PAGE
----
AWS Certified Big Data Specialty

AWS Certified Big Data Specialty
AWS Certified Big Data Specialty

Amazon Web Services certifications are a few of the most reputed in the field of Software Engineering. I successfully completed the AWS Big Data Speciality certification on Nov 25, 2019. This certification tests the candidate on two of the most wanted skills right now – Cloud and Big Data technologies. Prior to taking this certification, I had completed 3 AWS Cloud Certifications (Solution Architect Associate, Developer Associate, and SysOps Associate) and 1 Cloudera Big Data Certification (CCA Spark and Hadoop Developer). AWS Big Data Specialty Certification was the logical next step as it marries the worlds of Cloud and Big Data technologies. In this blog post, I share my preparation process and everything you need to know about this certification.


I have been working with AWS and Big Data technologies for a few years now. I have a working knowledge of AWS services like EMR, EC2, S3, Lambda, DynamoDB, Redshift, QuickSight, and Big Data technologies such as Hadoop, Spark, Hive, Hue, and HBase. Furthermore, I’m not new to preparing and taking examinations. I have a huge interest in Cloud and Big Data technologies. I wanted to expand my knowledge of Big Data Services on AWS. My employer, CME Group, has been very supportive of taking AWS certifications and provides me with subscriptions to education websites such as Oreilly, Lynda, Qwiklabs, and ACloudGuru. Most importantly, I love challenging myself to learn new things with clear end goals such as completing certification. For these reasons, I decided to take the AWS Big Data Speciality certification.

Exam Experience

The exam was 3 hours/180 minutes long and the registration price was $300. There were 65 questions, most of which were lengthy and scenario-based. Many of the questions had single-choice answers while few of them had more multiple-choice answers. The questions described a technical need and each of the choices in the answer offered solutions. Typically, 2 out of the 4 choices could be eliminated as they are distractors or make no sense if you’re familiar with those services. The other 2 choices would be possible answers to the question and we have to choose the best one among them. I had to re-read the questions to catch the keywords such as cost-effective, performance, minimal maintenance, latency, and throughput to choose the best solution among all the possible solutions. It took me 150 minutes to answer all the questions. I had flagged a few of the questions that I was not fully confident. I used the remaining 30 minutes to review the flagged ones.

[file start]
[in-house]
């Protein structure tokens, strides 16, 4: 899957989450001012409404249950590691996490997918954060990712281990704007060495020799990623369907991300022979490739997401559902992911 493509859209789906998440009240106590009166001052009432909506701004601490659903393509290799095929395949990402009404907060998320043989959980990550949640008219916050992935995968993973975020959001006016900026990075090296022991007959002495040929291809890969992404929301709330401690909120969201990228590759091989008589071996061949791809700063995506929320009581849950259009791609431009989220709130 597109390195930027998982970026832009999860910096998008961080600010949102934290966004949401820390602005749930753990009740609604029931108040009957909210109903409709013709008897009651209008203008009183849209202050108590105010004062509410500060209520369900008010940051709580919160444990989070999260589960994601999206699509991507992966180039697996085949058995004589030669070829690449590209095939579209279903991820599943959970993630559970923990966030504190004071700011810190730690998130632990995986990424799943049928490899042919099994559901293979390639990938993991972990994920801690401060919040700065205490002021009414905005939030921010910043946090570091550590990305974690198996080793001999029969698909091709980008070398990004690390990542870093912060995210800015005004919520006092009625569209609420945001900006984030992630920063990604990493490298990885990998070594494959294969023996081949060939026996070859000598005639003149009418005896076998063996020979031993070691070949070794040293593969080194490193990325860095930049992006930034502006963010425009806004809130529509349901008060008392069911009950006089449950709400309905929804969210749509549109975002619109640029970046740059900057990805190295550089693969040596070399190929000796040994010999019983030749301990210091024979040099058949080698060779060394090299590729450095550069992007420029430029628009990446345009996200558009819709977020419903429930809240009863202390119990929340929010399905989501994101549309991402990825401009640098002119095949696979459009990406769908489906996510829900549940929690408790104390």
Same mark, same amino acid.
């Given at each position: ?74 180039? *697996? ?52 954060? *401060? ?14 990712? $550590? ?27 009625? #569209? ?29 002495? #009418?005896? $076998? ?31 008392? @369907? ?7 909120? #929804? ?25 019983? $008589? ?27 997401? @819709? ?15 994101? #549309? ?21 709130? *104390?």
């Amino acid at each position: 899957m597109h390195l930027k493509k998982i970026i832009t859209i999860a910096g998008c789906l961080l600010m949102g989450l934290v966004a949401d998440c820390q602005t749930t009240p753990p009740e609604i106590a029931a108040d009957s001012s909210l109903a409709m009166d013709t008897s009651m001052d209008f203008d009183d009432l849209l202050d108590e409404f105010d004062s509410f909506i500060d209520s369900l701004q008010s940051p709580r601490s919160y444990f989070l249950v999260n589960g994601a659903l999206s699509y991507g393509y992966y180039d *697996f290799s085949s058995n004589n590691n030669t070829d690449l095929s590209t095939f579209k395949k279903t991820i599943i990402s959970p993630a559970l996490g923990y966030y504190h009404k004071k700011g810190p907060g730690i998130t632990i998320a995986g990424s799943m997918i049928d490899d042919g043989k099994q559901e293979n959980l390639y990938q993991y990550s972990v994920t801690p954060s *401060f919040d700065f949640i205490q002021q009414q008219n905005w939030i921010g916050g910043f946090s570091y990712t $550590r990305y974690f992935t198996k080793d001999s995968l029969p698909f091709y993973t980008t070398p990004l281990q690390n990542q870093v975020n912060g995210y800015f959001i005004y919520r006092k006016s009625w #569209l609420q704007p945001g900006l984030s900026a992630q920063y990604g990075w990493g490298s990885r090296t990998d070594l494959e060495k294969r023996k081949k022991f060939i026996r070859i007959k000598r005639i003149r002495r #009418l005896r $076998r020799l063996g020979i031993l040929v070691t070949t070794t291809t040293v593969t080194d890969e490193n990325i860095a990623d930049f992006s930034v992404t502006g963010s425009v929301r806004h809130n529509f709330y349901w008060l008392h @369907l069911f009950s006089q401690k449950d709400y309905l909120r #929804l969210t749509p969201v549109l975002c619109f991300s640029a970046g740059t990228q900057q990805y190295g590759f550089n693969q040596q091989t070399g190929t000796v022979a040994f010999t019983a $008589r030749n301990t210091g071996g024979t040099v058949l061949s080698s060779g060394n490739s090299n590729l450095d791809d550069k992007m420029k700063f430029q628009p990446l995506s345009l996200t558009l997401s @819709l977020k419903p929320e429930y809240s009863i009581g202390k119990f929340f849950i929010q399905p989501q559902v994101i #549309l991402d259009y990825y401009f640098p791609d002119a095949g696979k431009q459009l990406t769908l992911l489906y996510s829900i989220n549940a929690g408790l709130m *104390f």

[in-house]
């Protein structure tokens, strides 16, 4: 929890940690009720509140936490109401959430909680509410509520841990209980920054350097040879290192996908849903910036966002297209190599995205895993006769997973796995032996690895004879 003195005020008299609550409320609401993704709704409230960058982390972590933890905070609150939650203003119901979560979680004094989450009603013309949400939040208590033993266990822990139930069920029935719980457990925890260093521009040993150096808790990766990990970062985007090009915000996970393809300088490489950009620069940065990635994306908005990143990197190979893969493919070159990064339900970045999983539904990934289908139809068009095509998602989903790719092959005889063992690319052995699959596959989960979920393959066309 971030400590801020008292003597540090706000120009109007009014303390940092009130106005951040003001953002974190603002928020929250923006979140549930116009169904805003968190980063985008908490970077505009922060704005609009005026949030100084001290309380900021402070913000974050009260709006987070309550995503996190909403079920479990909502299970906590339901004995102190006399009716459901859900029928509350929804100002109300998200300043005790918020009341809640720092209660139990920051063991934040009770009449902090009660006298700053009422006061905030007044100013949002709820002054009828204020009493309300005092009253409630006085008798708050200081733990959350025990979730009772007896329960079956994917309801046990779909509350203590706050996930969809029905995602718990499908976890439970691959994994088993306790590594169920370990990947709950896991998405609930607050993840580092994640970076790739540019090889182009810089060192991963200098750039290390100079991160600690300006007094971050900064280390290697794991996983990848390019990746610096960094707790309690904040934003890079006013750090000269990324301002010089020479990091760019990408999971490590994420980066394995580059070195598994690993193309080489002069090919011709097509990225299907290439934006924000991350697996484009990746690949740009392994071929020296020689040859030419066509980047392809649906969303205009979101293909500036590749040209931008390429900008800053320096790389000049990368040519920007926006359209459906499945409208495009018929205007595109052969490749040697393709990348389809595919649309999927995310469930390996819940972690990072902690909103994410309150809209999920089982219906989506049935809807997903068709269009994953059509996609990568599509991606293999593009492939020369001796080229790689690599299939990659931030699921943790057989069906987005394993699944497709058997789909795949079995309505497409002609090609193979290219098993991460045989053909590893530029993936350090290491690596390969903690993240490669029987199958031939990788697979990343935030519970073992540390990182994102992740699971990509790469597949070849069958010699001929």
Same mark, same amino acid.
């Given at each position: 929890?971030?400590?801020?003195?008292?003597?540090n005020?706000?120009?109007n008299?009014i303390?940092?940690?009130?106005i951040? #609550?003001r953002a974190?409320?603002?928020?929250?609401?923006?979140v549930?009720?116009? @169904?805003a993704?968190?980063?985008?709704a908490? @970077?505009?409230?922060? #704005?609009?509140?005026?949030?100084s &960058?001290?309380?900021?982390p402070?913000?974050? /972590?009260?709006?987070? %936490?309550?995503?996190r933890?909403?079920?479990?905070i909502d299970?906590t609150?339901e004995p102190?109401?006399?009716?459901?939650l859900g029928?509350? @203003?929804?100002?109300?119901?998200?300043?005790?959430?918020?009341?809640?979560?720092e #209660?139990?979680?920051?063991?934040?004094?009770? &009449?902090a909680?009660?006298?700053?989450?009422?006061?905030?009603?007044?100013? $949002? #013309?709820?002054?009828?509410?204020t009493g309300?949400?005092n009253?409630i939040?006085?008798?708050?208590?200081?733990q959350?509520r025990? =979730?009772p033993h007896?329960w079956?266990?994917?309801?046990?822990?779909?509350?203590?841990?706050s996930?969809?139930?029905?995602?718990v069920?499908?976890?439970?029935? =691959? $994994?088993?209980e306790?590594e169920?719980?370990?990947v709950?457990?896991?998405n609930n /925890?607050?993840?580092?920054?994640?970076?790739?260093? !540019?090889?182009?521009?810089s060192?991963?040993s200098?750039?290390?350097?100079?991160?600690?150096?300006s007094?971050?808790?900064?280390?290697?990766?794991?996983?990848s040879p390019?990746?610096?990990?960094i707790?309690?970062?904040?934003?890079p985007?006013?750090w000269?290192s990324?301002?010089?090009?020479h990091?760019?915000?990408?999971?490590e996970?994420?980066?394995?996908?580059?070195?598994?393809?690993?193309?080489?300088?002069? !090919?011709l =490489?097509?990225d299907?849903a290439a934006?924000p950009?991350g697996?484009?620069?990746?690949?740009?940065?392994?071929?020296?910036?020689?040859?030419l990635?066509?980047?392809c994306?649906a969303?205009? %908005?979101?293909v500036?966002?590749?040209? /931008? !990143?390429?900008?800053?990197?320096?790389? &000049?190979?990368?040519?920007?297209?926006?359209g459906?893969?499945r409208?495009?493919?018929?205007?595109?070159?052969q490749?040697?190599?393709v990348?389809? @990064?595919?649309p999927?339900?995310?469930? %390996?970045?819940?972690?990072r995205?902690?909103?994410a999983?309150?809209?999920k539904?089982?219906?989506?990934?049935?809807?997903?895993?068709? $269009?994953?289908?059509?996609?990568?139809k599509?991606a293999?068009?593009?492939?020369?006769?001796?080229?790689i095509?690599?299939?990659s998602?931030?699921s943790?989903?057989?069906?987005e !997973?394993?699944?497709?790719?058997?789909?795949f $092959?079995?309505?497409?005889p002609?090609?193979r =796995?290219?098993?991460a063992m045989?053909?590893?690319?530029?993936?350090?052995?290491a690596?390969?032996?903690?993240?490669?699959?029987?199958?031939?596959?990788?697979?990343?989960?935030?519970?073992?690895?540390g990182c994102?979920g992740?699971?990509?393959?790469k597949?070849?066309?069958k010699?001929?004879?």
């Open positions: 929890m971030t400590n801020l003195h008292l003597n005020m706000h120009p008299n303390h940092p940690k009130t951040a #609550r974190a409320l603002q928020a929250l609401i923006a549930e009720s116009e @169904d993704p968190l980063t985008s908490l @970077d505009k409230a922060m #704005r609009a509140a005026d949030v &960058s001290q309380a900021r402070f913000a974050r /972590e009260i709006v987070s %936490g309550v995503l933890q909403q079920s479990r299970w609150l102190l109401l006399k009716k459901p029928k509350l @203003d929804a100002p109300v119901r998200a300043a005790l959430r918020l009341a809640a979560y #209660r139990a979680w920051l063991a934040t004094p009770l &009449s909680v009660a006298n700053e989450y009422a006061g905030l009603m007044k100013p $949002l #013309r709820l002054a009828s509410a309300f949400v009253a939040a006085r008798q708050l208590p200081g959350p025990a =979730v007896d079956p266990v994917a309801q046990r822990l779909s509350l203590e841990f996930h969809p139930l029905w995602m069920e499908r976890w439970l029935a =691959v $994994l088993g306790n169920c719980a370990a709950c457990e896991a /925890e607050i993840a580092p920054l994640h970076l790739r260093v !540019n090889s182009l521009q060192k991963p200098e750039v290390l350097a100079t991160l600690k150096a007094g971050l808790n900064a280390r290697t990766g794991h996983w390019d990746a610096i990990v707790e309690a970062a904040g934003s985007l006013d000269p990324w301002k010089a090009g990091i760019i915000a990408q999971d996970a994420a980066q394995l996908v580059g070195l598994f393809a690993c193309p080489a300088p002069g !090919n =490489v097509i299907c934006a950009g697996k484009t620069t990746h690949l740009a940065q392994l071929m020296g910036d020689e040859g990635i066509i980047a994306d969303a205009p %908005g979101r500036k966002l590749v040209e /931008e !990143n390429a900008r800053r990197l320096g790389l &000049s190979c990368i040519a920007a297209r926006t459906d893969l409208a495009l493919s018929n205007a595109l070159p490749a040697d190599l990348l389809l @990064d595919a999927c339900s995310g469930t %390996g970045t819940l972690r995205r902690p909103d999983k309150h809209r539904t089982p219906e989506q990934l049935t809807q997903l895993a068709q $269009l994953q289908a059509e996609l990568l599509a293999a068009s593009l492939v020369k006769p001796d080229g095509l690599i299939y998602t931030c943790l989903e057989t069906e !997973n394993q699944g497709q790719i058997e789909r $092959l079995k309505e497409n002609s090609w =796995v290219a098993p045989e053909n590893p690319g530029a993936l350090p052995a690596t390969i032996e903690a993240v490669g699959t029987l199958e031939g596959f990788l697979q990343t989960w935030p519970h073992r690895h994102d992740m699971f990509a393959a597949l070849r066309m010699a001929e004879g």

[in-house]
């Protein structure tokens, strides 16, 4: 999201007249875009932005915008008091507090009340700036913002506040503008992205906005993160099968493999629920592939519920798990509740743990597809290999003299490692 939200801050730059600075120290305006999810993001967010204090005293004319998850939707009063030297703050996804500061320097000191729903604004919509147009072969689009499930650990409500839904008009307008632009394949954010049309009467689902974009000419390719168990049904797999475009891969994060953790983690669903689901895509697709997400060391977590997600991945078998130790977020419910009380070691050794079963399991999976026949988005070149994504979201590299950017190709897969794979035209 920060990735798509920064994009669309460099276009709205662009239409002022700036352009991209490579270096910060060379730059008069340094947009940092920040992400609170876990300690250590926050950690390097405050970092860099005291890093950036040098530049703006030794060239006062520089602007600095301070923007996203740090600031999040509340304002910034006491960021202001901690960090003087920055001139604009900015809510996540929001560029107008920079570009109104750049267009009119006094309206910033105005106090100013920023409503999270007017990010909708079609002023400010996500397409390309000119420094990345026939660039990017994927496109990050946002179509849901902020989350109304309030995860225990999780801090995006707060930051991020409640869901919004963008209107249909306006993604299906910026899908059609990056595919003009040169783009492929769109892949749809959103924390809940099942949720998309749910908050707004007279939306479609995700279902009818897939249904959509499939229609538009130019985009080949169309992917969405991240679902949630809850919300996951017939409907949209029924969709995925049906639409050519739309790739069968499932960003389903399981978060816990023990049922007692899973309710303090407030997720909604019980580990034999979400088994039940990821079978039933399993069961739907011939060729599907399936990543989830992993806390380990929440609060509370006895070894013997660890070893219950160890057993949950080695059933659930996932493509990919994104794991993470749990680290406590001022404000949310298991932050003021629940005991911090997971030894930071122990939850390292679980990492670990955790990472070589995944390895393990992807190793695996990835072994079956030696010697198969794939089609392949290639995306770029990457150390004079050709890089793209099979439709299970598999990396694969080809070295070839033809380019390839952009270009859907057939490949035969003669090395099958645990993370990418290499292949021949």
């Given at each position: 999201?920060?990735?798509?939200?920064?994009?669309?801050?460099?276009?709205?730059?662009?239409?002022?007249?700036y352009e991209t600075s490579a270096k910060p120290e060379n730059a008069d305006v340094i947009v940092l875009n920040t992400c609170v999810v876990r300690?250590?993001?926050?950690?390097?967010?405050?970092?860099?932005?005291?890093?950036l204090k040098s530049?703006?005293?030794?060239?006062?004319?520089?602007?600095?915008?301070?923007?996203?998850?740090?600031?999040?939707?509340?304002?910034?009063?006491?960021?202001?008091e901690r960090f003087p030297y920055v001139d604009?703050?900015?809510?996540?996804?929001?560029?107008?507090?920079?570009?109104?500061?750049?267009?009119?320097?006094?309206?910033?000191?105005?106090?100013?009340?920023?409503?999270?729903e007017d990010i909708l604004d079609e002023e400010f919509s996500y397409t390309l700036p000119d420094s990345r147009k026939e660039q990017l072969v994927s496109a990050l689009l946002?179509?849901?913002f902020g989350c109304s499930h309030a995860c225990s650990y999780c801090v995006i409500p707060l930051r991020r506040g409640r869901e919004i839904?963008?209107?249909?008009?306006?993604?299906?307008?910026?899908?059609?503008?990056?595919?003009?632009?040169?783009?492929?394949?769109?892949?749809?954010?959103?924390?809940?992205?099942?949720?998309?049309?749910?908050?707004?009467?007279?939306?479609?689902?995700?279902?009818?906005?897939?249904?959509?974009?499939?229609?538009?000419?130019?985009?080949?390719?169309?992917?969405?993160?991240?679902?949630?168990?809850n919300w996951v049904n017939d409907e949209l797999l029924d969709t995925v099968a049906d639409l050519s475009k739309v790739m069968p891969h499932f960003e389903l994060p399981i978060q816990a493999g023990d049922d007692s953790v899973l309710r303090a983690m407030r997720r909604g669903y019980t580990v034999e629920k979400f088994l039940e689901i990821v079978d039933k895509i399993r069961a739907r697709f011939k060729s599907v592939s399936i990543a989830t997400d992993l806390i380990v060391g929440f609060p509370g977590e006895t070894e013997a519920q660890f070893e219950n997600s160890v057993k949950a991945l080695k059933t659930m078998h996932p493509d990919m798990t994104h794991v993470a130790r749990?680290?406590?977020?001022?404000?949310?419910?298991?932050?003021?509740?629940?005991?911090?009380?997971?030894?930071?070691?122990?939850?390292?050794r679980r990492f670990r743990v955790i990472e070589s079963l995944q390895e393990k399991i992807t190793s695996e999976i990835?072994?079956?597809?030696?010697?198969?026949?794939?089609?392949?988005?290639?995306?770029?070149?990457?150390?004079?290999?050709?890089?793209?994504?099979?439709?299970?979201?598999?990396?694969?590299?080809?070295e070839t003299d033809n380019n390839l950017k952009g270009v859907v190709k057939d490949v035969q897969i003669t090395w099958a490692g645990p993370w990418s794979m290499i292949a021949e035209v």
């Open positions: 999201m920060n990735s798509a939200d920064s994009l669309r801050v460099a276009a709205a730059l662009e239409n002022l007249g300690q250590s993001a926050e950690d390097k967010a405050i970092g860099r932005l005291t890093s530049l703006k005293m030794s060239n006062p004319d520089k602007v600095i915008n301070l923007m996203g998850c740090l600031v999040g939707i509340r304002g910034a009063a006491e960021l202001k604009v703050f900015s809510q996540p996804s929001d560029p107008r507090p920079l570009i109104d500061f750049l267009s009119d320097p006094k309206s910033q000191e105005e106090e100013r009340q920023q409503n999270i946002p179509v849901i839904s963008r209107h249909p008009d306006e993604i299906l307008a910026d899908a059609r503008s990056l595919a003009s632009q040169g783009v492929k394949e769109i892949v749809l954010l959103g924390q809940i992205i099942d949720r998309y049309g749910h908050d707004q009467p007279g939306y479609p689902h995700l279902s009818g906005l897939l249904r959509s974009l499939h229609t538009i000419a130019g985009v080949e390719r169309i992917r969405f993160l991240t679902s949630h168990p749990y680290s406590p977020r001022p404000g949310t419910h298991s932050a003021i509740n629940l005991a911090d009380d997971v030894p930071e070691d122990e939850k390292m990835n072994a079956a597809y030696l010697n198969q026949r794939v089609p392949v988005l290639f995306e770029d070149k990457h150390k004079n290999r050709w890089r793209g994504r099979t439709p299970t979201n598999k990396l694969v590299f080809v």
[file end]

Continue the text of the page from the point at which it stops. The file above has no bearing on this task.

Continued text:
As a bonus, I took the exam at the College of Dupage (COD), my alma mater. This was the first time I visited COD in 7 years as I hadn’t gone back since I transferred to the University of Illinois at Chicago (UIC). I was overwhelmed with nostalgic memories. I even checked out the Computer lab where I had my first programming course.

The Computer Lab where I had my first programming course


It’s hard to quantify the time I took to prepare for the exam. I already had working experience with some of the services and familiarity with most other services. I started my preparation by taking different courses on the AWS Big Data Speciality, getting hands-on experience with the big data services, watching official AWS videos, reading the FAQs/Whitepapers, and taking the practice exams.

The starting point was the official webpage of the AWS Certified Big Data Speciality. I kept coming back to this page to look at the Exam Blueprint for all the topics covered in the exam.


For any certification exams, I don’t rely on just one source of learning. I took three different courses on AWS Big Data Specialty.

I found all three courses very valuable in my preparation process. These courses have different teaching styles and teach the same concepts with different perspectives. While most of the contents of these 3 courses overlap, they help in reinforcing the core concepts covered in the certification exam. Also, each of these courses includes some exclusive information and tips.

Hands-on Practice

My goal has always been to learn not just the theory but also get practical hands-on experience with the services. So, I played around with all of the services covered in the certification. I strongly believe having hands-on experience helps pass the exam.

  • Completed Qwiklabs‘ labs related to Big Data services such as Kinesis, Redshift, DynamoDB, EMR
  • Completed Linux Academy‘s hands-on labs on their sandbox environment